by Professor Charles Kurzman, University of North Carolina- Chapel Hill
Reviewed by James L. Abrahamson, contributing editor
In this report published by the Triangle Center on Terrorism and Homeland Security, Dr. Kurzman, author of The Missing Martyrs: Why There Are So Few Muslim Terrorists, assesses the significance of the 2009 “spike” in Muslim-American terrorism. Attributing much of the spike to the 17 Somali-Americans who joined al-Shabaab in that year and calling attention to the fall of incidents to 20 in 2010, the author describes the 47 incidents in 2009 figures as an aberration not worthy of increased security measures and placing restrictions on the freedom of Muslim-Americans.
Kurzman supports that recommendation by noting that only [?] five of the 2010 terrorists sought to carry out their plots and, as in the years since 9/11, intelligence and law enforcement authorities continue to detect most of the terrorists and perpetrators (102 of 161) early in their preparation. Moreover thirty-five of those discovered late were linked to overseas terrorists rather than Muslim-Americans.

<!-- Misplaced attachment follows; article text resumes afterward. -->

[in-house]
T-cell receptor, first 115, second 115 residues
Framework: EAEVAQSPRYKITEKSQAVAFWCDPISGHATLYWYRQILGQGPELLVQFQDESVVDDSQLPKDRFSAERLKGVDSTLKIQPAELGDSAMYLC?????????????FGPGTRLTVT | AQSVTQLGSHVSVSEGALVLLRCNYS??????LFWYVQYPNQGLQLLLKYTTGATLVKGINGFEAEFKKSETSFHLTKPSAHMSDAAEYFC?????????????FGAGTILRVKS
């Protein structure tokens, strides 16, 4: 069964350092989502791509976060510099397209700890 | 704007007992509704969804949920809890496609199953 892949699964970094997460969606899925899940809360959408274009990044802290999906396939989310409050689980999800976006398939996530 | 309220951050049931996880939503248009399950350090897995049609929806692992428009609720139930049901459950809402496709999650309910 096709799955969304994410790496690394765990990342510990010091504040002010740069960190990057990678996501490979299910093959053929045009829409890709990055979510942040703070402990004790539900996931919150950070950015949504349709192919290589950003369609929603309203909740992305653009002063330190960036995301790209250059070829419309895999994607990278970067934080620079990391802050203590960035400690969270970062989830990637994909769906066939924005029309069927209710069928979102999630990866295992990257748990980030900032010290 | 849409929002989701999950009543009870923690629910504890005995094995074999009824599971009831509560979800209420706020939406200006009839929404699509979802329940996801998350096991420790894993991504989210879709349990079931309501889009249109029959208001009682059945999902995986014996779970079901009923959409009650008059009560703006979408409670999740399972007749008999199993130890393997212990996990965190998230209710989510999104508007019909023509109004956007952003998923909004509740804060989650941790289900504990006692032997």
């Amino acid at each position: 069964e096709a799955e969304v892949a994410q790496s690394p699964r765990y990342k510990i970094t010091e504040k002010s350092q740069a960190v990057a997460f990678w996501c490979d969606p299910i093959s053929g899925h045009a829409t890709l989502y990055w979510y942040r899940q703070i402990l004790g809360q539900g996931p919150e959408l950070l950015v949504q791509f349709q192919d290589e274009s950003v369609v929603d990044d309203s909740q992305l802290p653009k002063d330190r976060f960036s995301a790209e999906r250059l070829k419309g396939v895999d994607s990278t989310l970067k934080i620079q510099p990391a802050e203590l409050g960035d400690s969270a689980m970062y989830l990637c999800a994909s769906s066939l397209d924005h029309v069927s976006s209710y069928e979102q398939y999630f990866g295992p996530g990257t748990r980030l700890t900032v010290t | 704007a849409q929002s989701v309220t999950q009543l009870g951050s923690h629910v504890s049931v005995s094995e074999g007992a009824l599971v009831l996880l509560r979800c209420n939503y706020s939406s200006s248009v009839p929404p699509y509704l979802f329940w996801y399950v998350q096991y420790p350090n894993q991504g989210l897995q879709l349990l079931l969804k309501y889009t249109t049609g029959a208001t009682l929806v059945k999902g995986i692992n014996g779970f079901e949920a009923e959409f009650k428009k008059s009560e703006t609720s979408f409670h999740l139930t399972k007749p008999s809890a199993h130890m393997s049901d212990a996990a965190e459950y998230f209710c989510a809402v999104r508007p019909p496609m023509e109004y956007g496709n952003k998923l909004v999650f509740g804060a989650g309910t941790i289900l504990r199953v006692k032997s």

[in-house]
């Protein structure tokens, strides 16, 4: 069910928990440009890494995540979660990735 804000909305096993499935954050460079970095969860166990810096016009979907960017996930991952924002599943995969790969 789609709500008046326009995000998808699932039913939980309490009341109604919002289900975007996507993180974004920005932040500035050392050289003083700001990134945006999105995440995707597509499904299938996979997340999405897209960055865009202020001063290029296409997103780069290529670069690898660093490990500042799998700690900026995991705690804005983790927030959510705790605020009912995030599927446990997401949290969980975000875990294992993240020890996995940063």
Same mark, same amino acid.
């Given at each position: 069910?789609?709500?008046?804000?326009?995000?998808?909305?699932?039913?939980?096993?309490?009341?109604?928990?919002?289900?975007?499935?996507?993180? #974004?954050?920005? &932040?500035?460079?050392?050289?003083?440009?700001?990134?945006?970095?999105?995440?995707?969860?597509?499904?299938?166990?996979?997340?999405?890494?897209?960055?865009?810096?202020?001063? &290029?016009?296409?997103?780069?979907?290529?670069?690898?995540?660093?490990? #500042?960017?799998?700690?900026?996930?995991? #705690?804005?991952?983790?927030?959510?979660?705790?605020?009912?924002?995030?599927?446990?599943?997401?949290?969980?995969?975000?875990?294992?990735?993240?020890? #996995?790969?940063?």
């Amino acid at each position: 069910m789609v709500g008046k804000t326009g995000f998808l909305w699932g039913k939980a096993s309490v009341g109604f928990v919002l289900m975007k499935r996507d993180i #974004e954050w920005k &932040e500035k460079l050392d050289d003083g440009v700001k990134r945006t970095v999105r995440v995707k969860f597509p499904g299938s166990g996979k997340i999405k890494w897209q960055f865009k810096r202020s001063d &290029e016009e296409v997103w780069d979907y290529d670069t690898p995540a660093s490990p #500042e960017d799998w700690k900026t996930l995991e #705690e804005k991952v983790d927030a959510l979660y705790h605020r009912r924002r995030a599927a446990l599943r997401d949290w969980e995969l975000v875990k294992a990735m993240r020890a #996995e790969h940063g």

Even so, 33 Americans have died at the hands of terrorists since 2001. Comparing that figure with an annual U.S. average of 150,000 murders or pointing out the existence of 20 terror plots by non-Muslims are not likely to strengthen his argument in the minds of readers who favor energetic security measures. Had Faisal Shahzad, the New York City Time Square bomber, for example, not botched the detonation of his bomb, he might have killed several thousand people and made it difficult for anyone to accept Kurzman’s rosy view of the 2010 decline in the number of attacks. Shahzad’s failure, moreover, resulted from good fortune [luck?], not from energetic security measures.
The author also acknowledged that past behavior indicates that Muslim-Americans, only 1% of the U.S. population, represent a greater threat of terrorism than non-Muslims. More reassuring news is that about forty percent of the time authorities learned about possible U.S. attacks from members of the Muslim-American community, sometimes in response to suspicious activity and other times when family members reported a relative had gone missing overseas. Even so, short of successful Muslim-American efforts to reform Islam as practiced in the U.S., the threat of Islamist terror will likely persist, requiring energetic countermeasures for some time.